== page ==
For as long as Modern has been a format, Affinity (sometimes called Robots) has been a deck. In point of fact, Affinity top 4’d the first Modern Pro Tour. Ever since, it has been a feature of the top tables and many are the player who have made a name for themselves by mastering this deck.
So what makes the deck so consistent? What is it trying to do? And where did the name come from? The answer to all these questions and more will be revealed… well, right now.
Heroic (?) origins
Affinity can be traced back to Mirrodin block (original Mirrodin, not Scars of Mirrodin), as it was a mechanic therein. The Affinity mechanic was templated like this:
“Affinity for _____” (this spell costs 1 less to cast for each _____ you control).
While there were a few different applications of Affinity, the most common by far was Affinity for artifacts, because Mirrodin was an artifact themed set.
So, for example:
Usually a 2/2 for 4 is stone unplayable. But consider: if you already have another artifact on the field, you have a 2/2 for 3, which is just bad. With two other artifacts on the field, you have a 2/2 for 2, which is just fine. With 3 other artifacts on the field, a 2/2 for 1, and if you can somehow get four or more artifacts out, you have a 2/2 for free.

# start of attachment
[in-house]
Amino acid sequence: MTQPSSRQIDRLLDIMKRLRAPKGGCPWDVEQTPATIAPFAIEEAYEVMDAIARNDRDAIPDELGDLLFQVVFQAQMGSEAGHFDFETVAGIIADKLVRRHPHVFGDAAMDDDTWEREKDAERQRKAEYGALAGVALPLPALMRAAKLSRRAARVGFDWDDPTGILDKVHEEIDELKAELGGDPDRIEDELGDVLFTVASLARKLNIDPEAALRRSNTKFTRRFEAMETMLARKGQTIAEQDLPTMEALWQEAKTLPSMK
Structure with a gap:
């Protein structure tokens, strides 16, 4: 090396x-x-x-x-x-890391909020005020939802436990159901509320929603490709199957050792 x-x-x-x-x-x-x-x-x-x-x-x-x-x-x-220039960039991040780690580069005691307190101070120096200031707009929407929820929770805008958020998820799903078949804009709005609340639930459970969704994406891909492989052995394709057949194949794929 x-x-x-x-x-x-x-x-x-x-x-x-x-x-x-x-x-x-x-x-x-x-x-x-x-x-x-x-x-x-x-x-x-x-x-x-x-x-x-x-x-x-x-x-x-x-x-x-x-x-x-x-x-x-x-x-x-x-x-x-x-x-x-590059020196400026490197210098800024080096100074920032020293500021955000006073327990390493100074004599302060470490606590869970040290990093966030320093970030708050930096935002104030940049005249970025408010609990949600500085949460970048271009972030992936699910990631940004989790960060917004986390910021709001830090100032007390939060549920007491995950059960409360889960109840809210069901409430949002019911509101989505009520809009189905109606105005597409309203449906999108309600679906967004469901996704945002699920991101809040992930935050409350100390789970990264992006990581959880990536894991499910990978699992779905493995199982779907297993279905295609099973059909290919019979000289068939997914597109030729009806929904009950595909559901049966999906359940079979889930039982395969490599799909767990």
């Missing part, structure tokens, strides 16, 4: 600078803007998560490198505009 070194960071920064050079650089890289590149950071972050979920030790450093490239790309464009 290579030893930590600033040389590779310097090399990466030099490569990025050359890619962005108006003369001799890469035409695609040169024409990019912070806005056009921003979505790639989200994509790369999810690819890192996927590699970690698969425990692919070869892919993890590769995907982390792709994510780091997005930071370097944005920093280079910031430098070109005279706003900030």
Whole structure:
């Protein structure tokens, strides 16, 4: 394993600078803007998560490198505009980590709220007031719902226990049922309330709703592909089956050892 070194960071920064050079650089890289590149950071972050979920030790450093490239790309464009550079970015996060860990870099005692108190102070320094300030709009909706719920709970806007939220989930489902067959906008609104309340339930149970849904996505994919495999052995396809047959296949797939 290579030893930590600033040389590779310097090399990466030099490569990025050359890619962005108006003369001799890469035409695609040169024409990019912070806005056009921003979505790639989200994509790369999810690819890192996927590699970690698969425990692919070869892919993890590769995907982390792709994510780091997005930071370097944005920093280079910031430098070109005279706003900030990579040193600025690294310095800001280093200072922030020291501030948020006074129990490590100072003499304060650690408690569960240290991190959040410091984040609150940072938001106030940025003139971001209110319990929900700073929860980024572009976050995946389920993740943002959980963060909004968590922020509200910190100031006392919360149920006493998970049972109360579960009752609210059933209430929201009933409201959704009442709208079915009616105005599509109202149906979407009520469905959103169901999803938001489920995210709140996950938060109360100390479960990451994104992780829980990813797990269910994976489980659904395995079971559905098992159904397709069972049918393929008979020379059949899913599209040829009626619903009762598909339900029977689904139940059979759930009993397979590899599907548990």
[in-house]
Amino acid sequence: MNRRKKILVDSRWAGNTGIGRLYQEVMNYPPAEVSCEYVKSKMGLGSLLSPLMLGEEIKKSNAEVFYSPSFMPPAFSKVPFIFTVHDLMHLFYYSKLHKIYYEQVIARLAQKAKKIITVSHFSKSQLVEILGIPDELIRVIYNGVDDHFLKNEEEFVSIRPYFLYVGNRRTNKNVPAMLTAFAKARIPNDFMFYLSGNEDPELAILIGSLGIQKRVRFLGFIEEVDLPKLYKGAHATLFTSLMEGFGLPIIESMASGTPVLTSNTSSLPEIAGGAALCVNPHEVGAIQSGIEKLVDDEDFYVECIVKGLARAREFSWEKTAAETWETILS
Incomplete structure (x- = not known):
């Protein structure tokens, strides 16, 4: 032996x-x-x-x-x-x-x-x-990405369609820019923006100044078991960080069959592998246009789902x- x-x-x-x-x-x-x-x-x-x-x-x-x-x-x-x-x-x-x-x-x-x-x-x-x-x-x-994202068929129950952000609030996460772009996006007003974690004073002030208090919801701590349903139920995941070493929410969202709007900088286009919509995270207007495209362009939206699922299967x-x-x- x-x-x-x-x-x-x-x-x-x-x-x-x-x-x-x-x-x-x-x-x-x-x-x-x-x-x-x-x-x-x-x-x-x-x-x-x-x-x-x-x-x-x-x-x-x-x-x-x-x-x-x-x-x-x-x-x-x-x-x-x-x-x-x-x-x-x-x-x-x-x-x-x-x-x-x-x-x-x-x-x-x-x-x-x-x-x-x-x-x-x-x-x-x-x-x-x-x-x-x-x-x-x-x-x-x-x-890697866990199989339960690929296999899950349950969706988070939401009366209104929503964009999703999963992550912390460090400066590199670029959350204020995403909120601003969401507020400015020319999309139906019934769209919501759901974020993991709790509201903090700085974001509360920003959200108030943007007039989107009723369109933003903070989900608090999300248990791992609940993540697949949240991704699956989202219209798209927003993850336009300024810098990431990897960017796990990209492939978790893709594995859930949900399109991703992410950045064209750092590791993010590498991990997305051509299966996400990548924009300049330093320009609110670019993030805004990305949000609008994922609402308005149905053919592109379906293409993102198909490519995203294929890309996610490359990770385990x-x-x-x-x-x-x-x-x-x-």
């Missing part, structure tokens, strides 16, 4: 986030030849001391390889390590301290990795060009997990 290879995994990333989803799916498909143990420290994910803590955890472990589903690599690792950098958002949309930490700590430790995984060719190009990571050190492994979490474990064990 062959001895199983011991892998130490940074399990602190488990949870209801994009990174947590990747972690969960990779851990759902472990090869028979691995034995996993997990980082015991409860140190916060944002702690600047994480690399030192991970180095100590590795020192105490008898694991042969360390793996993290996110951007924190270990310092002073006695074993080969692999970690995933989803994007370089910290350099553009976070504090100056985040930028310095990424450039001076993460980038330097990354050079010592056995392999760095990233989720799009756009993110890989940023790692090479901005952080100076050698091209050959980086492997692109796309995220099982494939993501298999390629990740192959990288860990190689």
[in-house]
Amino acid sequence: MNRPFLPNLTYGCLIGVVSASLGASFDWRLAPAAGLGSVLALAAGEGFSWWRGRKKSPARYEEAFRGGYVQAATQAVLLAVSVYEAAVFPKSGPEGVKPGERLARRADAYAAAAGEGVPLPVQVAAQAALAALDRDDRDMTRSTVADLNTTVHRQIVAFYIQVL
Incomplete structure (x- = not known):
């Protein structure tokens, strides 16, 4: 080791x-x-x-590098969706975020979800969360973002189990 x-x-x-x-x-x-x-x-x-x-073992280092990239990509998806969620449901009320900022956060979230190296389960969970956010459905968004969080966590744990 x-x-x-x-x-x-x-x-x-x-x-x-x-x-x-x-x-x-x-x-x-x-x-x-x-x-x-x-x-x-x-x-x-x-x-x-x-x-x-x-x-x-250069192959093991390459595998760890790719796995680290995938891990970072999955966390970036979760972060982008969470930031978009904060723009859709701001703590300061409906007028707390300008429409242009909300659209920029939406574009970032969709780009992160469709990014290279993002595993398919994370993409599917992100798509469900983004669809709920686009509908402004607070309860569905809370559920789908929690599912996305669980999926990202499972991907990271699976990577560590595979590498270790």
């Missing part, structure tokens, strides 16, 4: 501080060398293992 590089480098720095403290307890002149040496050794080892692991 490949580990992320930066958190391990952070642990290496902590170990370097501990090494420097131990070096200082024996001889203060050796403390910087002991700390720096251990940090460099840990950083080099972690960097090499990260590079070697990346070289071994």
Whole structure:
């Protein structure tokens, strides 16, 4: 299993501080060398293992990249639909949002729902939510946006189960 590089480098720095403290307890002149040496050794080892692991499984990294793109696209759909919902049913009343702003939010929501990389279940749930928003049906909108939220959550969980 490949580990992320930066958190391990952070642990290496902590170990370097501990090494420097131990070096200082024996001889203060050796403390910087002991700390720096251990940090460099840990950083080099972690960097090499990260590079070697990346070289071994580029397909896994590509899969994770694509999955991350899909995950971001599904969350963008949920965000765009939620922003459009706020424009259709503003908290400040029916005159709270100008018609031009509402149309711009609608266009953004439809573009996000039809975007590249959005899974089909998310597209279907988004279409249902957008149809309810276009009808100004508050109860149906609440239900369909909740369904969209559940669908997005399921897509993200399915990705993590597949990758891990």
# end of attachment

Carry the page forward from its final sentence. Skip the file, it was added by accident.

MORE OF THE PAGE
And now we’re talking.
Creatures with Affinity for artifacts were paired with the completely fair and reasonable artifact lands, which looked like this.
Since most of the Affinity creatures were colorless, you could run the full twenty artifact lands with a deck full of affinity creatures, resulting in you being able to very consistently drop your hand very quickly.
And that was a problem, because of cards like these:
(also Skullclamp, but that’s another story)
Predictably, having a board full of artifacts then landing one of these payoff cards ended the game in a hurry.
During its time in Standard, Affinity was basically unbeatable. Numerous bans were thrown out in an attempt to keep it in line, but it wasn’t until the banning of the artifact lands that the deck finally stopped being the exclusive deck in the format.
Magic suffered under Affinity’s dominance. Combine that with the lackluster and underpowered Kamigawa block, and it was a time of decline for Magic with many players hanging up their cards.
As an aside: if you want to see something resembling Standard Affinity in play, I recommend viewing videos of Pauper Affinity. While the deck lacks some of the haymakers of its Standard version, the deck is is one of the powerhouses of the format.
When Modern came about as an official sanctioned format, the line for entry was chosen to be Eighth Edition, which was the set right before (wait for it) Mirrodin block. But remembering what happened last time the set was legal, the very first iteration of the modern banlist contained those scourges of Standard: the artifact lands.
(also Skullclamp, but that’s still another story)
But it’s hard to keep a good deck down, and the old Affinity cards were bolstered by cards printed when Wizards returned to Mirrodin (Scars of Mirrodin, of course). With years on the bench and a load of new material, Affinity was back and ready for action.